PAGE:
.“Less is more.”
While cliché, this paradoxical truism is often offered as a remedy to that which has been deemed inflated, complicated, presumptuous, over-the-top, too much. When an endeavor takes on layers of complexity that overwhelm or alienate, the response is often, “Sometimes, less is more.” This diagnosis to simplify is a signal that breathing room is needed, the air has become polluted.
Around the middle of the 20th century, modern visual artists embraced this diagnosis and began the dismantling of the tradition of western art with its many-layered (and some would argue, burdensome) traditions and techniques. One strategy for dismantling was the intentional reduction of color, either in variety or hue. Gallery walls began to display monumental canvases of fields of solid color paired with confused viewers who tilted their heads, trying to make sense of the flattened surface. Perhaps most ambitiously deconstructive was the work of Robert Ryman who introduced the art world to square, white canvases painted… white. Not everyone understood or accepted this willful reduction of form. Too much was being thrown out. As Suzanne P. Hudson writes: “The feeling is that something has been sacrificed and devalued, whether tradition, method, or technical proficiency…” (Hudson, Robert Ryman: Used Paint, 2009)
And yet, for the artists involved in this reductive approach, the result was anything but a simplification. In fact, for them it was an amplification of art’s most unique characteristics. The eschewing of tradition and technique in service to other disciplines (history, religion, politics) was art’s coming-of-age, it’s emancipation even.
While postmodernism has fractured (fragmented? divided?) the art world into countless art-making approaches, many current artists still utilize the tools of modernism in their creation of work. Recognizing the strength of form as an equally significant conveyor of content as representational imagery, abstraction as stayed in their vocabulary. In some cases, the “tools” of abstraction have been enlisted into the service of more traditional images.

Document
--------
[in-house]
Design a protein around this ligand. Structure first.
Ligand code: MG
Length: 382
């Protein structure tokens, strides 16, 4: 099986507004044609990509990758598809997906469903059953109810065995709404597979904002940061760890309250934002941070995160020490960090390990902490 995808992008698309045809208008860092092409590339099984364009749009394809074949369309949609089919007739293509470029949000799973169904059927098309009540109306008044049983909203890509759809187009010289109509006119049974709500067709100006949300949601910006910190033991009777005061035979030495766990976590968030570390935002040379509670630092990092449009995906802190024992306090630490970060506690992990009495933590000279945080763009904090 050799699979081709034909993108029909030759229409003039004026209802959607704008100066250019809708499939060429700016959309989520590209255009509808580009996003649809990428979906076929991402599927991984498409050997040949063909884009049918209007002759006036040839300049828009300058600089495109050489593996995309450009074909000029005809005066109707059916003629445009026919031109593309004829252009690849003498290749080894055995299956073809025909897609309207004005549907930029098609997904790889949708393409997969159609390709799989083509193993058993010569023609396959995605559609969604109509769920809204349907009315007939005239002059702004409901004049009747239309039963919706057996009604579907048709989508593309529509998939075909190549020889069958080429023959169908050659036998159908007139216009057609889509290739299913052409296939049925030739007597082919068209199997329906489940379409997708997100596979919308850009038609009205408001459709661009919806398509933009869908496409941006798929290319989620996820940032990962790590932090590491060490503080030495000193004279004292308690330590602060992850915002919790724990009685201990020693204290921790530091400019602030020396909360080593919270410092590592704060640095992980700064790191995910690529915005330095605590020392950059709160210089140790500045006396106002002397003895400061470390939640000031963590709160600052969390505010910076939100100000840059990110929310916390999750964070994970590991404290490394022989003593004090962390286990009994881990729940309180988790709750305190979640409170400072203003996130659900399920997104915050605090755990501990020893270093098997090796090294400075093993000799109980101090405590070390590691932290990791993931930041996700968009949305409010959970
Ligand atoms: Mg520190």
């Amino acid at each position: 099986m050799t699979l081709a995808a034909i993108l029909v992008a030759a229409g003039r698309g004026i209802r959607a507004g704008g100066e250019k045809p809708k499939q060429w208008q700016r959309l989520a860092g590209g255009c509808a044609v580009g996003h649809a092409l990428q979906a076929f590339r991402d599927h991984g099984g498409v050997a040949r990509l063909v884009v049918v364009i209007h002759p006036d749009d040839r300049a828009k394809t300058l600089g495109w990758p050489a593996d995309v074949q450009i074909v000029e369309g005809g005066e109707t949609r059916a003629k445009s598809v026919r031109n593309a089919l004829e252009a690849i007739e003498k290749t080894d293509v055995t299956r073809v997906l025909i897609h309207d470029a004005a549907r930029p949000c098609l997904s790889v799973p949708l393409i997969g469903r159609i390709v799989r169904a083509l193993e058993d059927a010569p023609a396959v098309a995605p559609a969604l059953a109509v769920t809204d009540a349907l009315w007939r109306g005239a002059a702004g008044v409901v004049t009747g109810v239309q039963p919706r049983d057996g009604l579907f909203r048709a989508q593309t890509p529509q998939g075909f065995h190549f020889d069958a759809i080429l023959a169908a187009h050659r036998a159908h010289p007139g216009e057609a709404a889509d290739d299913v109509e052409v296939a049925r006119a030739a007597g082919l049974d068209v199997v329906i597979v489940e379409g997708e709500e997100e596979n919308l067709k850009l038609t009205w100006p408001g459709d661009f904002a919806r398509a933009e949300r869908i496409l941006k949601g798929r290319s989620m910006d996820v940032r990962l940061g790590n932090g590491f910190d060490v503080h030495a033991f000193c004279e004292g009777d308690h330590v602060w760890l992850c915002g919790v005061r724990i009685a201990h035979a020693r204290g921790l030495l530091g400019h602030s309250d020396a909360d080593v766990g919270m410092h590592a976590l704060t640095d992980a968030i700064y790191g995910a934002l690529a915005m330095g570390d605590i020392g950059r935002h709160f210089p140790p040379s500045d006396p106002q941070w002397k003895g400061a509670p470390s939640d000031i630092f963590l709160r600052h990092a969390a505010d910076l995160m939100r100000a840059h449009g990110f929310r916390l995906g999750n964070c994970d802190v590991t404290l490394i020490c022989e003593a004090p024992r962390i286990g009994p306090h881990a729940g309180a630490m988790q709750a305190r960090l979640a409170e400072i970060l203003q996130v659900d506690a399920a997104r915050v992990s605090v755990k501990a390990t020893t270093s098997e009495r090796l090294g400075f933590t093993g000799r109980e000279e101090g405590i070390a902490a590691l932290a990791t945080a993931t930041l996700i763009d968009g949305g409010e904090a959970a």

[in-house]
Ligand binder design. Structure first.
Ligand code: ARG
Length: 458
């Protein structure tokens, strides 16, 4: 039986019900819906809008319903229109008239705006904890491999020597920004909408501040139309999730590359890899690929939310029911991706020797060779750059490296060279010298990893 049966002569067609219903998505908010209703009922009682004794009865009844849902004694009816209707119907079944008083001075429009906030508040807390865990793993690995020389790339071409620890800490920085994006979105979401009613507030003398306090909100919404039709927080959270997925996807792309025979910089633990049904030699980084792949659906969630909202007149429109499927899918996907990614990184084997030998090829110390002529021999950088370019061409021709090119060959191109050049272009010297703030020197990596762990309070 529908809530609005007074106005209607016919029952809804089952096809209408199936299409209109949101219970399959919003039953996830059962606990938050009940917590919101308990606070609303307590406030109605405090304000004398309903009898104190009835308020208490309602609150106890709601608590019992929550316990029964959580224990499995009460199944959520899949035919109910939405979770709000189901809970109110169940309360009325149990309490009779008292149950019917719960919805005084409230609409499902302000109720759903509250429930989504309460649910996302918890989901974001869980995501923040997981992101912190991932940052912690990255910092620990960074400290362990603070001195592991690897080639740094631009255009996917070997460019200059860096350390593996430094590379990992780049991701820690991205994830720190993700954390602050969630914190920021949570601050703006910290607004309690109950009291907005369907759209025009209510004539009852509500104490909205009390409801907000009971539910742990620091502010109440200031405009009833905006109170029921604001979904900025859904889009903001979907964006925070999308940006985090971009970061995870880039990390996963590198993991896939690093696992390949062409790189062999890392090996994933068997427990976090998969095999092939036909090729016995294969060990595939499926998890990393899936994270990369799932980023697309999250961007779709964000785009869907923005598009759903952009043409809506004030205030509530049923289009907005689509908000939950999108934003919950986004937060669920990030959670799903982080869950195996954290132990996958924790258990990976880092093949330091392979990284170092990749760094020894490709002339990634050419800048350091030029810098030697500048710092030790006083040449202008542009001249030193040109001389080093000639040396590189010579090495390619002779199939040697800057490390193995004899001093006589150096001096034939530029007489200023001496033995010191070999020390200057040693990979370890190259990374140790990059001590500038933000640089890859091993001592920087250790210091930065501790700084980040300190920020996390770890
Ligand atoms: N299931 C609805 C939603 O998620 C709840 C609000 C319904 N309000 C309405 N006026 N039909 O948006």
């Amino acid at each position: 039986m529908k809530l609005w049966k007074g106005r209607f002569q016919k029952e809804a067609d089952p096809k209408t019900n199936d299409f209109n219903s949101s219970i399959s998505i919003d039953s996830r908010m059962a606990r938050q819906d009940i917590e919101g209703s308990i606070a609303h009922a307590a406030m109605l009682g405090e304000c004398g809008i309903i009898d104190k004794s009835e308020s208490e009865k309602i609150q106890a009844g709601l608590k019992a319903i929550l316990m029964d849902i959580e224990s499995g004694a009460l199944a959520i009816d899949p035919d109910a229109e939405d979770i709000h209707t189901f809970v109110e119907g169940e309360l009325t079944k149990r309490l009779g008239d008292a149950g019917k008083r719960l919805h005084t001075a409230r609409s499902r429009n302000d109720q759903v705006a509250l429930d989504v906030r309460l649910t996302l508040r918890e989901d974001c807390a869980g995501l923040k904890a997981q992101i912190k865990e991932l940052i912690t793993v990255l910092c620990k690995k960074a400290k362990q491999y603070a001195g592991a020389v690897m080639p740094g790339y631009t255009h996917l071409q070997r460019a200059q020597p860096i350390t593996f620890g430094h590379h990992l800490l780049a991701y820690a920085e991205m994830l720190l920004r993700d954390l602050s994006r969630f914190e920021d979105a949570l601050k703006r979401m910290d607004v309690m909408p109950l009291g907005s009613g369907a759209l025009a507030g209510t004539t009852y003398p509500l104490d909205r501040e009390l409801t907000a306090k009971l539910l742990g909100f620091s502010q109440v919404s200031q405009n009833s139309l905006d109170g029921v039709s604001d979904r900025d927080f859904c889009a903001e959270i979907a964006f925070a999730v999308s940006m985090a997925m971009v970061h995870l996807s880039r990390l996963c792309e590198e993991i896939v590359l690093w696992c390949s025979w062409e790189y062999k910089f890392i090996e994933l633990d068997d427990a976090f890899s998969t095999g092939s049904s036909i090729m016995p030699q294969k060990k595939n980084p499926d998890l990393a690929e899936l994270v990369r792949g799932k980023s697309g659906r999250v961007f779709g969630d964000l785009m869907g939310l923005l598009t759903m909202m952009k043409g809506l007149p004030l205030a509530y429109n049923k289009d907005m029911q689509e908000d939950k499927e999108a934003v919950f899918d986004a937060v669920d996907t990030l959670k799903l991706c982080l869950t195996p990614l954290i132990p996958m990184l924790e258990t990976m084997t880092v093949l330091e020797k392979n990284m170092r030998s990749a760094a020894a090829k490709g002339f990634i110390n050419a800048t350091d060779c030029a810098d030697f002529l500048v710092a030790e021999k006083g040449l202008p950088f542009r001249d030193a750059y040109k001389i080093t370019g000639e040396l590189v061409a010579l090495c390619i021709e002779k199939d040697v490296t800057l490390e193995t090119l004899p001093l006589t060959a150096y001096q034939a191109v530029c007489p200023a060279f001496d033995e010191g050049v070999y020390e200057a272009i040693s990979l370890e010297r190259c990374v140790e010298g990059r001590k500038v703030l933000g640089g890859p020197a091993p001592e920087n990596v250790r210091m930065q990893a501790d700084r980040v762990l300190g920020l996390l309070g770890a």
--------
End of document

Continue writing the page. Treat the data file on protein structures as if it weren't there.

One such tool is the reduction of color. Monochromatic, or near-monochromatic works of art, in some sense, have always existed in the forms of drawing, grisaille painting and marble sculpture. However, the use of a monochromatic palette as a significant contributor of a work’s content is a more modern phenomena. The 10 artists in Manifest’s Monochrome exhibition offer uniquely different approaches to art-making, however, they each recognize the direct power of a reduced palette.
In some cases, as in Corey Baker's "Alicia", the single color operates as a harness, focusing the viewers attention toward the representational content, eliminating the distraction of, say, blue, or red. Other works, like Robert Lansden's "Nothing to See, Nothing to Hide" and Sang-Mi Yoo's "New Village Floor Plans", make only supportive use of monochromatic strategy, using color to unify multiple components of the piece. The color field is represented, though developed beyond the canvas, in works like Stefan Annerel's "Navajo" and Jill Downen's "Hybrida" works.
John Zurier’s, The Blue of Her Cloak, offers perhaps the most representative work in the exhibit. The short video piece shows only a green sheet of paper laying on the floor. The paper has a monochromatic crucifixion scene printed on it. As the video progresses, the piece of paper is slowly covered in cascading dry blue pigment until the entire screen is nearly covered, creating a digital color field. Referential to Christian iconography (Mary is traditionally cloaked in blue), the piece harkens back to painting’s religious history while at the same time documenting, and literally portraying, the flattening of illusionistic space introduced by such approaches as the monochromatic color field. While some might argue his miniature history of painting comes up short, stopping with 20th century abstraction, Zurier keeps the conversation current with his use of video, playing the “loop” of painting’s history on an HD screen, thus filtering the viewing experience through digital technology. We are given a simplified narrative of the pre-modernism transition to modernism, through a postmodern lens.
If all this sounds too complicated for such a simple piece of art (after all, it’s just blue dust thrown on a green picture), perhaps you will be tempted to prescribe, “Less is more.” If so, you will find yourself in the good company of the 10 artists on display for Manifest’s first group exhibition of it’s 6th season. However, in that company you may find that less is, in fact, more – and that with intentional simplification comes amplification of serious art.